Imatinib Mesylate

Product: 
Imatinib Mesylate
Formalary: 
Specialty Formalary
Category: 
Oncology
Trade Name: 
Gleevec, or Glivec
Packing: 
Capsule
Potency: 
100mg
In Treatment of: 
Clinical Imatinib is used in chronic myelogenous leukemia (CML), gastrointestinal stromal tumors (GISTs) and a number of other malignancies. One study demonstrated that imatinib mesylate was effective in patients with systemic mastocytosis, including those who had the D816V mutation in c-Kit. Experience has shown, however, that imatinib is much less effective in patients with this mutation, and patients with the mutation comprise nearly 90% of cases of mastocytosis. Chronic myelogenous leukemia The U.S. Food and Drug Administration (FDA) has approved imatinib as first-line treatment for Philadelphia chromosome (Ph)-positive CML, both in adults and children. The drug is approved in multiple Ph-positive cases CML, including after stem cell transplant, in blast crisis, and newly diagnosed. Gastrointestinal stromal tumors The FDA first granted approval for advanced GIST patients in 2002. On February 1st, 2012, imatinib was approved for use after the surgical removal of KIT-positive tumors to help prevent recurrence. The drug is also approved in unresectable KIT-positive GISTs. Other approvals The FDA has approved imatinib for use in adult patients with relapsed or refractory Ph-positive ALL, myelodysplastic/ myeloproliferative diseases associated with platelet-derived growth factor receptor gene re-arrangements, aggressive systemic mastocytosis (ASM) without or an unknown D816V c-KIT mutation, hypereosinophilic syndrome (HES) and/or chronic eosinophilic leukemia (CEL) who have the FIP1L1-PDGFRα fusion kinase (CHIC2 allele deletion) or FIP1L1-PDGFRα fusion kinase negative or unknown, unresectable, recurrent and/or metastatic dermatofibrosarcoma protuberans. Plexiform neurofibromas For treatment of progressive plexiform neurofibromas associated with neurofibromatosis type I, early research has shown potential for using the c-kit tyrosine kinase blocking properties of imatinib. Experimental Imatinib may also have a role in the treatment of pulmonary hypertension. It has been shown to reduce both the smooth muscle hypertrophy and hyperplasia of the pulmonary vasculature in a variety of disease processes, including portopulmonary hypertension.[14] In systemic sclerosis, the drug has been tested for potential use in slowing down pulmonary fibrosis. In laboratory settings, imatinib is being used as an experimental agent to suppress platelet-derived growth factor (PDGF) by inhibiting its receptor (PDGF-Rβ). One of its effects is delaying atherosclerosis in mice without[15] or with diabetes. Mouse animal studies at Emory University in Atlanta have suggested that imatinib and related drugs may be useful in treating smallpox, should an outbreak ever occur. In vitro studies identified that a modified version of imatinib can bind to gamma-secretase activating protein (GSAP), which selectively increases the production and accumulation of neurotoxic beta-amyloid plaques. This suggests molecules that target at GSAP and are able to cross blood–brain barrier are potential therapeutic agents for treating Alzheimer's disease.[18] Another study suggests that imatinib may not need to cross the blood–brain barrier to be effective at treating Alzheimer's, as the research indicates the production of beta-amyloid may begin in the liver. Tests on mice indicate that imatinib is effective at reducing beta-amyloid in the brain.[19] It is not known whether reduction of beta-amyloid is a feasible way of treating Alzheimer's, as an anti-beta-amyloid vaccine has been shown to clear the brain of plaques without having any effect on Alzheimer symptoms. A formulation of imatinib with a cyclodextrin (Captisol) as a carrier to overcome the blood–brain barrier is also currently considered as an experimental drug for lowering and reversing opioid tolerance. Imatinib has shown reversal of tolerance in rats.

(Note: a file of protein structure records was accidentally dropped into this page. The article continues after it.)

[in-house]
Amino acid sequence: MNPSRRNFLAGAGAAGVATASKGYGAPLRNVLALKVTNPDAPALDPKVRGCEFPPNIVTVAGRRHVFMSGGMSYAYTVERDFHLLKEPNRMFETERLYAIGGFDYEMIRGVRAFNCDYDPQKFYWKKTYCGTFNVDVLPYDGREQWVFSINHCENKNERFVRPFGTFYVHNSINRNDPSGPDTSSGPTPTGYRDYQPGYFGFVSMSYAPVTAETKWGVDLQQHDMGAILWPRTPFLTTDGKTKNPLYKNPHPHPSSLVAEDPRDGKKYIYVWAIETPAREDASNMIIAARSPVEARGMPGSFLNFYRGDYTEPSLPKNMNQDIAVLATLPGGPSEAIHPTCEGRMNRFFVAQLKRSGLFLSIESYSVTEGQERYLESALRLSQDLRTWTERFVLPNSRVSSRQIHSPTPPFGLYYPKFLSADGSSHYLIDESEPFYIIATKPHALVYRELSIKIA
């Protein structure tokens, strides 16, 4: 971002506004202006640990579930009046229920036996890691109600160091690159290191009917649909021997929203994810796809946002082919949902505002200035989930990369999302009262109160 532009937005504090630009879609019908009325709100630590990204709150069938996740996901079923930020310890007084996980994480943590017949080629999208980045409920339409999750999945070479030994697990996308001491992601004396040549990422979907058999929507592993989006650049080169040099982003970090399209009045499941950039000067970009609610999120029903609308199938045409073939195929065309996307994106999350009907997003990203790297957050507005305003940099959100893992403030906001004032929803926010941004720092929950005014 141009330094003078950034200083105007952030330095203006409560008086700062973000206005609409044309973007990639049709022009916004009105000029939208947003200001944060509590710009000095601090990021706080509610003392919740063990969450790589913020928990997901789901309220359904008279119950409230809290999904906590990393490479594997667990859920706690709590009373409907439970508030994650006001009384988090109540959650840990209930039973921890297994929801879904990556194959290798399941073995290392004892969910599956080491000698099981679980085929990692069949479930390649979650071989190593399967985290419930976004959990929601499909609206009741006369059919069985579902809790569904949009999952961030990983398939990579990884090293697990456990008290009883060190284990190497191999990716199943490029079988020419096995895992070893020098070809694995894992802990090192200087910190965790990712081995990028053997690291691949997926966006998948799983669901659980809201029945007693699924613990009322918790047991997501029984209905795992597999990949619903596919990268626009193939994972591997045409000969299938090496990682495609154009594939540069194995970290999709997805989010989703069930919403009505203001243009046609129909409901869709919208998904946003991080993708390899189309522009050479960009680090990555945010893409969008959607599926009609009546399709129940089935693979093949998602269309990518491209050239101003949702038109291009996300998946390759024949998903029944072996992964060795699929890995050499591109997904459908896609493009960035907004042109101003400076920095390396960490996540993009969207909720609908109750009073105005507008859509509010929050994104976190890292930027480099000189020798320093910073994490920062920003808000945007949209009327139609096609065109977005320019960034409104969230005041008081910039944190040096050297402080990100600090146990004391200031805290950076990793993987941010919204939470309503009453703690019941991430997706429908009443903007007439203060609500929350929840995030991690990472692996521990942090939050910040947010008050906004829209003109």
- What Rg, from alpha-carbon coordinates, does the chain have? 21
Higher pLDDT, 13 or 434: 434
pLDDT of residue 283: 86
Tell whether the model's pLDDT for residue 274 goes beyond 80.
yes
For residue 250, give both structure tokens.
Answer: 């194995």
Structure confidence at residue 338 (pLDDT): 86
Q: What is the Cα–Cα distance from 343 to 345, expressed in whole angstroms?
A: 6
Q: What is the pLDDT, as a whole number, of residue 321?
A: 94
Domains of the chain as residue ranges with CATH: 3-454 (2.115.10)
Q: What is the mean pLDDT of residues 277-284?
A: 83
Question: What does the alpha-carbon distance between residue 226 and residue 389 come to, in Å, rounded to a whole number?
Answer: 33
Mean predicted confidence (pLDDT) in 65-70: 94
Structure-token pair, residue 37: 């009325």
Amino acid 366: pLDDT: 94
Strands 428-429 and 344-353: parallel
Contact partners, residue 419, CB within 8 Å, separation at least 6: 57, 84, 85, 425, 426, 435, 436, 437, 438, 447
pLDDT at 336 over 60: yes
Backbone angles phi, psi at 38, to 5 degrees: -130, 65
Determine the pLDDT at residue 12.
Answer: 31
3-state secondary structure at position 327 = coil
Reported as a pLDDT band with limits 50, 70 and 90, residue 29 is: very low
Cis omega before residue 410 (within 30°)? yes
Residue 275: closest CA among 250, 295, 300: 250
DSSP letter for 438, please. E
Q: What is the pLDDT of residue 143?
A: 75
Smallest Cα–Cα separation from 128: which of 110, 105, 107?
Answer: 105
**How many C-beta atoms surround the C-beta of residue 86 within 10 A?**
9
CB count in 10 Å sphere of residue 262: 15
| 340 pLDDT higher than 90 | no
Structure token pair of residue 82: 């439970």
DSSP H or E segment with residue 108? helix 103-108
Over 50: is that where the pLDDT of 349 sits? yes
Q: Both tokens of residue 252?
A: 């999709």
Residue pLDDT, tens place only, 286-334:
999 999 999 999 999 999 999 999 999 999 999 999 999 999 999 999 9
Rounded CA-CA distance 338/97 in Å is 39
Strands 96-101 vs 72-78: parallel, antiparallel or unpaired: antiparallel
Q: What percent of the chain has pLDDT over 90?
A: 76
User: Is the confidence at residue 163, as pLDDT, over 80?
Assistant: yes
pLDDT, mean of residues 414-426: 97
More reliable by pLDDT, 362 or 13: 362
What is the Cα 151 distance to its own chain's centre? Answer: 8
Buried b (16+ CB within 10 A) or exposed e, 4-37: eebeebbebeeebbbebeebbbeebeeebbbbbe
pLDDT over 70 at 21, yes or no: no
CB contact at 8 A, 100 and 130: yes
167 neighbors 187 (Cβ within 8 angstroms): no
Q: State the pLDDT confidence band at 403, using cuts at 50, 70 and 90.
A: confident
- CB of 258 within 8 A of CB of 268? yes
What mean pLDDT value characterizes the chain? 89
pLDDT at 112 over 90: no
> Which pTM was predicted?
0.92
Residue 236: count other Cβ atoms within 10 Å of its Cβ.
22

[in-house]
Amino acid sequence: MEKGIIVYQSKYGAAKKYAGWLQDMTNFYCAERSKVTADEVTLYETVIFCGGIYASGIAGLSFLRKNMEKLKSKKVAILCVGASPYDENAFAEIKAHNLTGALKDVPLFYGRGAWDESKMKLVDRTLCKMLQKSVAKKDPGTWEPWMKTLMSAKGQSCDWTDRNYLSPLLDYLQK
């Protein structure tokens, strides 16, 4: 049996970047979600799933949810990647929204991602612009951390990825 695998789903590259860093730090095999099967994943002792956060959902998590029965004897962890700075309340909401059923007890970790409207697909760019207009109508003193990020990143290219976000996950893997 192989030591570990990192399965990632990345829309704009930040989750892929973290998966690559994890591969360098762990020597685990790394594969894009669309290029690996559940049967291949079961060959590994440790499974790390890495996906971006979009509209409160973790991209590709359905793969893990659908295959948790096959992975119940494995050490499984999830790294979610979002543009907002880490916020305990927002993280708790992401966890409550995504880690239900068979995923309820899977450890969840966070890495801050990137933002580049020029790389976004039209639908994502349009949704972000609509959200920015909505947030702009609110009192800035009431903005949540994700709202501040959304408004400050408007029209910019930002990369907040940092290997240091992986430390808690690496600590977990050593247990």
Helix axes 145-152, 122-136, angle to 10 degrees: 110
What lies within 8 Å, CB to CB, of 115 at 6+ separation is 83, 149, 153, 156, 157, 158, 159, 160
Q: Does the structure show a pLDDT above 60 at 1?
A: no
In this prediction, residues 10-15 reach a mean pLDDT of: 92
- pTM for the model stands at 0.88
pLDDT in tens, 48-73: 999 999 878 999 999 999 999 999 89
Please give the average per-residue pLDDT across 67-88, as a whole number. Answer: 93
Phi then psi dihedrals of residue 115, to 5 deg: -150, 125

Adverse Effects: 
The most common side effects include weight gain, reduced number of blood cells (neutropenia, thrombocytopenia, anemia), headache, edema, nausea, rash, and musculoskeletal pain. Severe congestive cardiac failure is an uncommon but recognized side effect of imatinib and mice treated with large doses of imatinib show toxic damage to their myocardium. If imatinib is used in prepubescent children, it can delay normal growth, although a proportion will experience catch-up growth during puberty.
Contraindication: 
None
Special Precaution: